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ARS Home » Southeast Area » Florence, South Carolina » Coastal Plain Soil, Water and Plant Conservation Research » Research » Publications at this Location » Publication #67887


item Novak, Jeffrey
item Watts, Donald - Don
item Stone, Kenneth - Ken
item Johnson, Melvin - Mel
item Hunt, Patrick
item COFFEY, S

Submitted to: Water Environment Federation
Publication Type: Proceedings
Publication Acceptance Date: 6/1/1996
Publication Date: N/A
Citation: N/A

Interpretive Summary: All of us consume water, and we usually assume that the water is contaminant-free. To insure that drinking water supplies are safe and contaminant-free, scientific monitoring studies are implemented. To evaluate the impact of pesticides on ground and surface water quality in the agricultural intensive region of the eastern Coastal Plain region, the USDA-ARS has implemented a water quality demonstration project in Duplin Co, NC. Both ground and surface waters were monitored in a watershed. This type of study required that water samples be collected from ground water wells and streams and the pesticides measured using advanced analytical instruments. We examined ground water samples collected from 100 water quality wells and from several stream locations from 1993 to 1996. Most (95%) of our samples did not contain pesticides, and the detected amounts were usually very much less than the health advisory limit. This finding indicates that pesticides, if applied using best management practices, do not pose a threat to ground and surface water quality within this and similar watersheds.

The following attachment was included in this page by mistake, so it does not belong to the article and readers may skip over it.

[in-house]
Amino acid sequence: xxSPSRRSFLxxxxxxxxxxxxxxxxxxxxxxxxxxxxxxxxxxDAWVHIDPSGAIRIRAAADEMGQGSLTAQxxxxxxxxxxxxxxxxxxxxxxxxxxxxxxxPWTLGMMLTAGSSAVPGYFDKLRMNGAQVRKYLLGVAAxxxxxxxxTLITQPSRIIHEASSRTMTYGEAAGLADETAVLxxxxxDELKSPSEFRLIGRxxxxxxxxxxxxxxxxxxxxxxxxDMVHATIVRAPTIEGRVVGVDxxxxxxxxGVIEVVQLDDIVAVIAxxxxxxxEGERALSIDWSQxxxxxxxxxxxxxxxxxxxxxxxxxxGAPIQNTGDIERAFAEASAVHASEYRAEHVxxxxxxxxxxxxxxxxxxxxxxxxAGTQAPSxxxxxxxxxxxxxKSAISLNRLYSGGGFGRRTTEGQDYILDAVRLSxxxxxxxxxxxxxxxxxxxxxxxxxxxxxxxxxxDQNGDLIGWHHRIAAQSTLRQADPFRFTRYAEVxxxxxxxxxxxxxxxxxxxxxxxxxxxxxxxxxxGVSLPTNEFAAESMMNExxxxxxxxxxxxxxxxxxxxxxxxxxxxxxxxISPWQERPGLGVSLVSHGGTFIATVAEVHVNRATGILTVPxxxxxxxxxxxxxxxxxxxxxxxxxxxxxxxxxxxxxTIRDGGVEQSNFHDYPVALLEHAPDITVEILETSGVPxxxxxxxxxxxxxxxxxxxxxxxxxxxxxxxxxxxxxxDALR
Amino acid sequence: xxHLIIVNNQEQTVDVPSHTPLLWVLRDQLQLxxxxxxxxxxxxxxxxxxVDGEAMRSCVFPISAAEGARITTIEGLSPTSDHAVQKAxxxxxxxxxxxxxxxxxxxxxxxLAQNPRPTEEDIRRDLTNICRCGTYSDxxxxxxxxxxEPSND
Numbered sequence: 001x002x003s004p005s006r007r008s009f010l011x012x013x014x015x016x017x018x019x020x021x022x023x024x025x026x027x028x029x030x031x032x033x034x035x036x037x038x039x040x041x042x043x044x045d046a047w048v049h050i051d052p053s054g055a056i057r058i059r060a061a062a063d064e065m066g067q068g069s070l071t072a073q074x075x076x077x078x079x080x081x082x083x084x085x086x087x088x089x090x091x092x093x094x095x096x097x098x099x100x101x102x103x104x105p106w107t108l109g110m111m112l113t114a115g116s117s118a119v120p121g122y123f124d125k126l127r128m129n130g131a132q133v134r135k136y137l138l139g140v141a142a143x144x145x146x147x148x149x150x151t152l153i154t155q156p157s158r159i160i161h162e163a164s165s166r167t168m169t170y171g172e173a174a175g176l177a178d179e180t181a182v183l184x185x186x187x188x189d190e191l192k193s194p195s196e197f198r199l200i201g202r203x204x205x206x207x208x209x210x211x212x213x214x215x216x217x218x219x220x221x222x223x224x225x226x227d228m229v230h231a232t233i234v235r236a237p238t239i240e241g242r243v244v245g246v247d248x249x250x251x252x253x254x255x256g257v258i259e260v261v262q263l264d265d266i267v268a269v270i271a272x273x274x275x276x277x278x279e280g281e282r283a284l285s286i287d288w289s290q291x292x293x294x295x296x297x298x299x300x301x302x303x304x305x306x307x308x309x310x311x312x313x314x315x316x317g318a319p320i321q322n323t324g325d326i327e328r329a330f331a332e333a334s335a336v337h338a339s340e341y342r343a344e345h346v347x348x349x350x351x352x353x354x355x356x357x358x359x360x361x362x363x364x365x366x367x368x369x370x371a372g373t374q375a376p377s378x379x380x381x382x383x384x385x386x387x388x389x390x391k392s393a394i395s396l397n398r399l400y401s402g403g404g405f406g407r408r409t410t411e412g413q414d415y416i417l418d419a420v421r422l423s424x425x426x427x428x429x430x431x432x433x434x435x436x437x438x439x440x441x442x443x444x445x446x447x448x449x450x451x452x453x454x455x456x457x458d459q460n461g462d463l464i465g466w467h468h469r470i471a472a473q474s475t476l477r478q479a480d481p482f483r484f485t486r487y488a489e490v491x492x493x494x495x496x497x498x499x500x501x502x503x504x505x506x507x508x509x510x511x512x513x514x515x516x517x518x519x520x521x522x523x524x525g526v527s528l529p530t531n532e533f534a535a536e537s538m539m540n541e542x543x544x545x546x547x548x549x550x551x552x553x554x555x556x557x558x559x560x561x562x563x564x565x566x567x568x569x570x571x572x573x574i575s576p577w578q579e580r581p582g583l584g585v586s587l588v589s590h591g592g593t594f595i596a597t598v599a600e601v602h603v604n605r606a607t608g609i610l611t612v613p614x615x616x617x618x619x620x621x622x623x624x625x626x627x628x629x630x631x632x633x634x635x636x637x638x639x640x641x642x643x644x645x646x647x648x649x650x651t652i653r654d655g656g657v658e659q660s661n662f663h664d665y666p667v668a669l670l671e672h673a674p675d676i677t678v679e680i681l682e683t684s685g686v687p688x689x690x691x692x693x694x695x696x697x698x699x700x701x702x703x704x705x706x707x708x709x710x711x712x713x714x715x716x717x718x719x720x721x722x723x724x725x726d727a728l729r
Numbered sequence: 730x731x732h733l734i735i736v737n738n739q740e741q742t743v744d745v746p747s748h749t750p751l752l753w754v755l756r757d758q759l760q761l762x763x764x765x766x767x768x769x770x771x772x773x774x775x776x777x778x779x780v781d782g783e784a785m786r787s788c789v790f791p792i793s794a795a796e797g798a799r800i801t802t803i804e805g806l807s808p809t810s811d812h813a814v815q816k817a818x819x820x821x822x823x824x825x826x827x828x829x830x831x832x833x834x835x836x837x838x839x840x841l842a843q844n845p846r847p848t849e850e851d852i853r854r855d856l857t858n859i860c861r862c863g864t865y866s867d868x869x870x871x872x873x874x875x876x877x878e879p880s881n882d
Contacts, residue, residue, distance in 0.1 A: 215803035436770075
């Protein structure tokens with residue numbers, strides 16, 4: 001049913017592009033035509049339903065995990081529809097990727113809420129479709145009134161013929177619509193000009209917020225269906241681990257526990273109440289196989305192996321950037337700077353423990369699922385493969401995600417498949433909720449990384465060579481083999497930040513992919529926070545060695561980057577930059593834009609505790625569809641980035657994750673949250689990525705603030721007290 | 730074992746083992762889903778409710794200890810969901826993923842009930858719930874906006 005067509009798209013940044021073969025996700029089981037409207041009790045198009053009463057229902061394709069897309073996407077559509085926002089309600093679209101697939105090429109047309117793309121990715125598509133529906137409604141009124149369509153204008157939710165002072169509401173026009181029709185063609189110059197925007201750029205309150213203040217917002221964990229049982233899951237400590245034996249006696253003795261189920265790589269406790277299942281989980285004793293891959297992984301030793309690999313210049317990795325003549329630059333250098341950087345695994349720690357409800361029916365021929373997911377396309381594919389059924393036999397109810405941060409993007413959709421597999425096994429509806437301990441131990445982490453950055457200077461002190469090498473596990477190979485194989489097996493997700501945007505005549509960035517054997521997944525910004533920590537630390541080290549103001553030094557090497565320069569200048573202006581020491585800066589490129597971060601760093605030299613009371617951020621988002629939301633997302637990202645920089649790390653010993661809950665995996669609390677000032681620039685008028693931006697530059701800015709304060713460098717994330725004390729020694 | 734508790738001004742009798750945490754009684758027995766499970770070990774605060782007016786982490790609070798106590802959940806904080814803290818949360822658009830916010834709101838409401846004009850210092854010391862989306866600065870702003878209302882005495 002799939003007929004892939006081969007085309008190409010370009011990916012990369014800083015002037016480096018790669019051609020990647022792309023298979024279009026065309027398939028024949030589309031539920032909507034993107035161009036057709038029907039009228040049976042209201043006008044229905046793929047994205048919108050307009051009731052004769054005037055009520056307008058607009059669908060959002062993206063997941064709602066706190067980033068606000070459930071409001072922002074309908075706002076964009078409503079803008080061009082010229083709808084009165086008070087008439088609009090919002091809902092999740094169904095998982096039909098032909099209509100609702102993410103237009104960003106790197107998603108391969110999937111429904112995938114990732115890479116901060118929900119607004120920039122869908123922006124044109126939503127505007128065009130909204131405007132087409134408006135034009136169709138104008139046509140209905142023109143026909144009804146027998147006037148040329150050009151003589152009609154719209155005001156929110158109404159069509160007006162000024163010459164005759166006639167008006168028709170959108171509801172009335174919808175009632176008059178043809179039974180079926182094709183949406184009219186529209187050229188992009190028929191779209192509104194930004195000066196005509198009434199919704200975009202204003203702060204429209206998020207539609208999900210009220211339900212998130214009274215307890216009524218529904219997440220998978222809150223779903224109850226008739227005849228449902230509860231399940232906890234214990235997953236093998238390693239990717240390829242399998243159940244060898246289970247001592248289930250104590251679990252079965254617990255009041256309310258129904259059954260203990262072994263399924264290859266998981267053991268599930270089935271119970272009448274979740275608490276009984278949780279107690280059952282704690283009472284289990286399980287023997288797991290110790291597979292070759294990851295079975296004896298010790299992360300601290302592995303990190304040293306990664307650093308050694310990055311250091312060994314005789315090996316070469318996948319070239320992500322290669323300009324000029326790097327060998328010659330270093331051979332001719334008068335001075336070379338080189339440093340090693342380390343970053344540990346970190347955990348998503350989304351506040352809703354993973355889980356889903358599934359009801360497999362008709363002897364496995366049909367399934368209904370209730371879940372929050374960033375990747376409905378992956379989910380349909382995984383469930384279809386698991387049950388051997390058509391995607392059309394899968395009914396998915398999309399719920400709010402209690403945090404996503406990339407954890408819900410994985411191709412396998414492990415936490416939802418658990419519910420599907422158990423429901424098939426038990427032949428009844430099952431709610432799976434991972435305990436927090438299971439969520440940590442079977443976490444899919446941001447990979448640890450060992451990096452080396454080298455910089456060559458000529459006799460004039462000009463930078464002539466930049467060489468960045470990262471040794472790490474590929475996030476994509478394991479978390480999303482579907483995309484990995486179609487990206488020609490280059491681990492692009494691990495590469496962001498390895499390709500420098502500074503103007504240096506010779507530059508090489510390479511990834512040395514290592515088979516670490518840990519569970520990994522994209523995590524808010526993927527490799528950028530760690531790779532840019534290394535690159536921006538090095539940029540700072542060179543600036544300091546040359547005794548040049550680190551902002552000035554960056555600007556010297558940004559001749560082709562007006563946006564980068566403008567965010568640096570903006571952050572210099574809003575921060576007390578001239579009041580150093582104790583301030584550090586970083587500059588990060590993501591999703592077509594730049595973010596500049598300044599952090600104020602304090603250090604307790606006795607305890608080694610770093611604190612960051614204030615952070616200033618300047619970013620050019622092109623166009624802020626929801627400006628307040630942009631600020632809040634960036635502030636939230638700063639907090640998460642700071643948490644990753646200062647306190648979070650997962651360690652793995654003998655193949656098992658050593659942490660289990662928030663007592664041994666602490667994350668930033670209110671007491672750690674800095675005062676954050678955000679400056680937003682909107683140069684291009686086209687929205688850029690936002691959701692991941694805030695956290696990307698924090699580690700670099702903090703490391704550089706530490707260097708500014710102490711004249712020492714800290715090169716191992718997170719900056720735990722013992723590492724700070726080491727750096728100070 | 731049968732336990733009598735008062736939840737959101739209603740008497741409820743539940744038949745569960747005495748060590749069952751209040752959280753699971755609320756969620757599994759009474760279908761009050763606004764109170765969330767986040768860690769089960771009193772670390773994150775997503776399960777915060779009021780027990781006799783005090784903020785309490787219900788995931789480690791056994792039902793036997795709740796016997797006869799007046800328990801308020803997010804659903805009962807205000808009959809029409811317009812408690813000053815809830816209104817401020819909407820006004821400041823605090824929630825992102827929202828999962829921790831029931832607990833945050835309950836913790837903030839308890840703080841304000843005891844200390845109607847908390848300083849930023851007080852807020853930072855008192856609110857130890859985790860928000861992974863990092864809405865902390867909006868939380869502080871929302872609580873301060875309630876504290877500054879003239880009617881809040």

Technical Abstract: Agricultural pesticides have some potential to migrate to ground and surface water sources, which may pose a threat to drinking water supplies. We have implemented a pesticide monitoring study in an agricultural intensive watershed located in the eastern Coastal Plain region of NC to evaluate the influence of pesticide best management practices (BMPs) on water quality in the watershed. Samples were collected from 1993 to 1996 from 100 ground water monitoring wells and thirteen stream locations and were extracted for pesticides commonly used within the watershed. The extracts were analyzed for pesticides using a combination of immunoassay and gas chromatography/mass spectrometry. Usually zero or very low amounts of pesticides were found in over 95% of the ground water wells sampled. Some pesticides were detected in one stream tributary, but the concentrations declined rapidly along the stream continuum. Among the pesticides assayed, alachlor was the most frequently (3%, total sample basis) confirmed pesticide in the ground water, while metolachlor (11%, total sample basis) was the most frequent pesticide detected in the stream. Overall, the high percentage of ground water wells with zero or very low concentrations of pesticides indicates that pesticide BMPs implemented by local farmers are effective in maintaining good water quality.